Henry Adamson Poems >>
The Muses Threnodie: Eighth Muse

What blooming banks, sweet Earn, or fairest Tay,
Or Almond doth embrace! These many a day
We haunted, where our pleasant pastorals
We sweetly sung, and merry madrigals.
Sometime bold Mars, and sometimes Venus fair,
And sometimes Phobus' love, we did declare;
Sometimes on pleasant plains, sometimes on mountains,
And sometimes sweetly sung beside the fountains.

But in these banks where flows St Conil's well,
The which Thessalian tempe doth excel,
Whose name and matchless fame for to declare
In this most doleful ditty must I spare;
Yet thus dare say that in the world again
No place more meet for muses to remain;
For shadowing walks, where silver brooks do spring,
And smelling arbors, where birds sweetly sing,
In heavenly music, warbling like Arion,
Like Thracian, Orpheus, Linus, or Amphion,
That Helicon, Parnasus, Pindus fair,
To these most pleasant banks scarce can compare:
These be the banks where all the muses dwell,
And haunt about that crystal brook and well;
Into these banks chiefly did we repair,
From sunshine shadowed, and from blasting air,
Where with the muses we did sing our song,
Sometimes for pleasure, sometimes for our wrong:
For in those days none durst approach their table
But we to taste their dainties;-this no fable.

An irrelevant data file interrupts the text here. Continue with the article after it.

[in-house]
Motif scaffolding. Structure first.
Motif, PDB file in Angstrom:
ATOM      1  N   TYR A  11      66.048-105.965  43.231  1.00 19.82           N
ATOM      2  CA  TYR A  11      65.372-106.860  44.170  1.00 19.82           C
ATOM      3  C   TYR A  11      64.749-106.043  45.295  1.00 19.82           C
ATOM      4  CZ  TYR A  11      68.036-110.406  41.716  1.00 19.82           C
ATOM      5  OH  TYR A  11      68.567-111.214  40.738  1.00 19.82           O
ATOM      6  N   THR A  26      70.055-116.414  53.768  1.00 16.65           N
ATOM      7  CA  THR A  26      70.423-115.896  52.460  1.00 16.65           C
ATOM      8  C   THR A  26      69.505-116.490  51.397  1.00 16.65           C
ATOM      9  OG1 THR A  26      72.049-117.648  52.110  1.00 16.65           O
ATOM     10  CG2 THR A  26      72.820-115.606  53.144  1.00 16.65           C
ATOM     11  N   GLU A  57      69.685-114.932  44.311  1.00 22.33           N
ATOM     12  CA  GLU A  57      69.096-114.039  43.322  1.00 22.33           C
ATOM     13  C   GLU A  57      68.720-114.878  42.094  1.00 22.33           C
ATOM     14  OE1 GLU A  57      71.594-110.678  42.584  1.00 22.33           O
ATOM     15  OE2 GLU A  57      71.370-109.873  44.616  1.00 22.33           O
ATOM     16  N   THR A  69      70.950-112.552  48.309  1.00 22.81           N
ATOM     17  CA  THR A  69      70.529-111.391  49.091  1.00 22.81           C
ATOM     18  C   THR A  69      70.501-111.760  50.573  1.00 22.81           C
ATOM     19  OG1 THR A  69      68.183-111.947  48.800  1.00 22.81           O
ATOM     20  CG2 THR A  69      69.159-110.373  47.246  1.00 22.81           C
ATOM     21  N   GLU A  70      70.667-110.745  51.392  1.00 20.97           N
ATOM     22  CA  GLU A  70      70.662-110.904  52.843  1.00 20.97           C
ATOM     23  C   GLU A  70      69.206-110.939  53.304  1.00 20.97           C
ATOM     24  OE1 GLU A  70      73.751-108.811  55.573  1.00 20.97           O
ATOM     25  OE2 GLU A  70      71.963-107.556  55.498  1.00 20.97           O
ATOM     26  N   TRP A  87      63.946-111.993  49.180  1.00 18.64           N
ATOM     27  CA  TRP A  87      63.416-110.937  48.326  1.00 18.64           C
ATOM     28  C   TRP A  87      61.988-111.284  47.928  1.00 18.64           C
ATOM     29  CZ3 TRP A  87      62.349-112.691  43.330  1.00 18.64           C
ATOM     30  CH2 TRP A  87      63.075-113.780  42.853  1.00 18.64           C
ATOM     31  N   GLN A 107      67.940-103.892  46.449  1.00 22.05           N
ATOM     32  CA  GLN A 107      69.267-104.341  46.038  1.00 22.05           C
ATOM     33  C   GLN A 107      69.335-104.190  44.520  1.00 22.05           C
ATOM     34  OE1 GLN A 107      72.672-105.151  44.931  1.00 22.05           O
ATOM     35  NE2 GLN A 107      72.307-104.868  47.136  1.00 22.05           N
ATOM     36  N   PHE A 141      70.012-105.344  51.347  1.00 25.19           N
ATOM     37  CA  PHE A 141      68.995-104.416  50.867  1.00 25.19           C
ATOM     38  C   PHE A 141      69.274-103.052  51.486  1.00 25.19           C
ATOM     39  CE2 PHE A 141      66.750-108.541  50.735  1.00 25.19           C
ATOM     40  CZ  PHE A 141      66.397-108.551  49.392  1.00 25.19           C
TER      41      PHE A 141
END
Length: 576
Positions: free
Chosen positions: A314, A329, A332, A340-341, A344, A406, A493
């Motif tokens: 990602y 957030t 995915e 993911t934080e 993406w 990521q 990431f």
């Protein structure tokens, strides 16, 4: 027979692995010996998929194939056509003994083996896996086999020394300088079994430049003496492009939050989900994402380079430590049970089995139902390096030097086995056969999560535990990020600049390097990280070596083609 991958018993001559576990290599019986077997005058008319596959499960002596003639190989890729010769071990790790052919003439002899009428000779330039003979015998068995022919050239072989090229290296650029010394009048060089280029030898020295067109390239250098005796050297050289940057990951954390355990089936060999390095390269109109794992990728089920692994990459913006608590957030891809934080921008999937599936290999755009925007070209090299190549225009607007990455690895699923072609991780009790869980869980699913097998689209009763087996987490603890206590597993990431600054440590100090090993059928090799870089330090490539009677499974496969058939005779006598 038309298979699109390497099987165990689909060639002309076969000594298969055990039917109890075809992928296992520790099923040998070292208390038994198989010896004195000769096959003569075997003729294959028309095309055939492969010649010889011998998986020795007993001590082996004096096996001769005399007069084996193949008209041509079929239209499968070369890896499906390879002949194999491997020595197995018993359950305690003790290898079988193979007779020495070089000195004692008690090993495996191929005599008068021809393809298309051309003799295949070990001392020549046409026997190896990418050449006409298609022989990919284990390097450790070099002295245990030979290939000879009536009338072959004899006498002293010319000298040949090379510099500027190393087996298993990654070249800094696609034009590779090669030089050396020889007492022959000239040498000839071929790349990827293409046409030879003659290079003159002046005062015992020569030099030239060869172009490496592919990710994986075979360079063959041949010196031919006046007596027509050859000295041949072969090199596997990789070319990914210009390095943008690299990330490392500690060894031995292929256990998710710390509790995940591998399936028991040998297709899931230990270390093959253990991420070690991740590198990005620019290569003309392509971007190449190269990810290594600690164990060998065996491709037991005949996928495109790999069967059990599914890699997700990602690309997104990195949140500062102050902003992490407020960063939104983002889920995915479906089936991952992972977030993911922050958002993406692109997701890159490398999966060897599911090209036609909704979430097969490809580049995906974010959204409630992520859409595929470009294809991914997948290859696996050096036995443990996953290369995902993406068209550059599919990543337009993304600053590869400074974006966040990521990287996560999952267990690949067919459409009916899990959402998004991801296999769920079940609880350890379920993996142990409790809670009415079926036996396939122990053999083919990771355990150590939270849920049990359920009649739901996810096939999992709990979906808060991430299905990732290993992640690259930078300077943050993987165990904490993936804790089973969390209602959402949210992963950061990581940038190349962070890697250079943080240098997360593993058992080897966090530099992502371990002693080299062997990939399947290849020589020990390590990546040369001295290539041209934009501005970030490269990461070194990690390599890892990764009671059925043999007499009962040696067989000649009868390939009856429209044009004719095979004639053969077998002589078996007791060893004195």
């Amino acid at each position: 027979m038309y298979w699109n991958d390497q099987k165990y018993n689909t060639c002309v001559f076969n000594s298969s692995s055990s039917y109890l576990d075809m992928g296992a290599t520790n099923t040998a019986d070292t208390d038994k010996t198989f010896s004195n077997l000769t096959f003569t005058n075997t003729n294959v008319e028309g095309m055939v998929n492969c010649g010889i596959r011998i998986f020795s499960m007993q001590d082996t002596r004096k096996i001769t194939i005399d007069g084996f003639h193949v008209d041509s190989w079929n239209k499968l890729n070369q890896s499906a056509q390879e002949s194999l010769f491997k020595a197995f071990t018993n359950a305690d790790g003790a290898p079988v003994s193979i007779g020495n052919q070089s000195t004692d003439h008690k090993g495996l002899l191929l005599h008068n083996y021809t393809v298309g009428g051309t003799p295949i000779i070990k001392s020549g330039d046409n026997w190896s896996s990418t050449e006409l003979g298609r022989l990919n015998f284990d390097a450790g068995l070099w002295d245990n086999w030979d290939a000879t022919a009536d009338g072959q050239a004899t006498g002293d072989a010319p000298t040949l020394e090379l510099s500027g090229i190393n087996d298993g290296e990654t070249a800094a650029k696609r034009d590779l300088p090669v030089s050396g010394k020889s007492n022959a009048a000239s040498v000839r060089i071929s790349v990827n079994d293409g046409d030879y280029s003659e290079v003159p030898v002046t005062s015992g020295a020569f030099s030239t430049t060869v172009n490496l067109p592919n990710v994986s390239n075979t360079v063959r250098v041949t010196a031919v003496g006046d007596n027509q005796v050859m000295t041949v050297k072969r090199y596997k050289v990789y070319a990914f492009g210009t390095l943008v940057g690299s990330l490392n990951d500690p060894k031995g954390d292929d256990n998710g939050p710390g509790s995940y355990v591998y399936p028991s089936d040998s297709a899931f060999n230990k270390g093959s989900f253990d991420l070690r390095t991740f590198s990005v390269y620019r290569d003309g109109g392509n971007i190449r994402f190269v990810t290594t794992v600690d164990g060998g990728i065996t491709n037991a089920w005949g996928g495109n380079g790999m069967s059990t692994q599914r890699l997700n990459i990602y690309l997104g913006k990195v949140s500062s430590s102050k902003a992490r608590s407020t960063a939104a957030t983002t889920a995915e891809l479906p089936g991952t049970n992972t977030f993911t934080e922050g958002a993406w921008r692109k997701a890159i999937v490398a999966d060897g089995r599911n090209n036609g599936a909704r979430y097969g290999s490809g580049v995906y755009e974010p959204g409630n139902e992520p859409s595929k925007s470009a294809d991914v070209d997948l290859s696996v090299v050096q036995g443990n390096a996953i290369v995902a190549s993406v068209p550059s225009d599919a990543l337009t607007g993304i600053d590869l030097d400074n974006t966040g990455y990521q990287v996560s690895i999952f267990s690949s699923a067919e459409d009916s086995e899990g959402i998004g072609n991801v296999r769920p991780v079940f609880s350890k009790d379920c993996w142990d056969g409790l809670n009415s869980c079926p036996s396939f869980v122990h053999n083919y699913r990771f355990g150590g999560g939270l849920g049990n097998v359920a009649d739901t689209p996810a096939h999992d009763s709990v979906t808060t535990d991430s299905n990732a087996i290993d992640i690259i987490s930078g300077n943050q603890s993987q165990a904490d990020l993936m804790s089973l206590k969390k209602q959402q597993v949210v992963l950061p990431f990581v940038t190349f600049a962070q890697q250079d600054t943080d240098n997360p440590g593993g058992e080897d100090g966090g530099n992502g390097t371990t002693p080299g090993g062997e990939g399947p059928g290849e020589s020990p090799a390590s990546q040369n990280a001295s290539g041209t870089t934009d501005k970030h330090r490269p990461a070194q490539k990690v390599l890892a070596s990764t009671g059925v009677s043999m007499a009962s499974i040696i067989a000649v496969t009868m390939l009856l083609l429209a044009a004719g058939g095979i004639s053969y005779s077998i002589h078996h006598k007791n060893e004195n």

From thence to Methven Wood we took our way,
Soon be Aurora fair did kythe the day;
And having rested there some little space,
Again we did betake us to our chace,
Raising the does and roes forth of their dens,
And watry fowls out of the marshy fens;
That if Diana had been in that place,
Would thought in hunting we had stained her grace.

To Methven Castle, where Gall did declare,
How Margarget Tudor, queen, sometimes dwelt there,
First daughter to King Henry seventh, who closes
York, Lancaster in one-England's two roses:
A happy union after long debate;
But union much more happy and more great;
Even by that same queen springs, and by her race,
Whereby all Britain joys long-wished peace;
Hence came King James his title to the crown
Of England, by both parents of renown;
Hence comes our happy peace: so be it aye
That peace with truth in Britain flourish may.
Right over to Forteviot did we hye,
And there the ruin'd castle did we spy
Of Malcolm Kenmure, whom Macduff, then Thane
Of Fife (so called), from England brought again,
And fiercely did pursue Tyrant Macbeth,
Usurper of the crown, even to the death;
Their castle's ruins when we did consider,
We saw that wasting time makes all things wither.
To Dupplin, then, and shades of Aberdalgie,
From thence to Mailer, and came home by Craigie;
Soon by that time, before three days were done,
We went to see the monuments of Scone;
As was our promise, Scone's nymphs see we must,
For in such vows we were exceeding just;
And there with Ovid thus did we declare,-
Here is a green, where stood a temple fair,
Where was the fatal chair and marble stone,
Having this motto rare inside thereon:
"This is the stone, if fates do not deceive,
Where'er its found the Scots shall kingdom have,"
Which Longshanks did transport to Troynovant,
As Troy took in the horse by Gr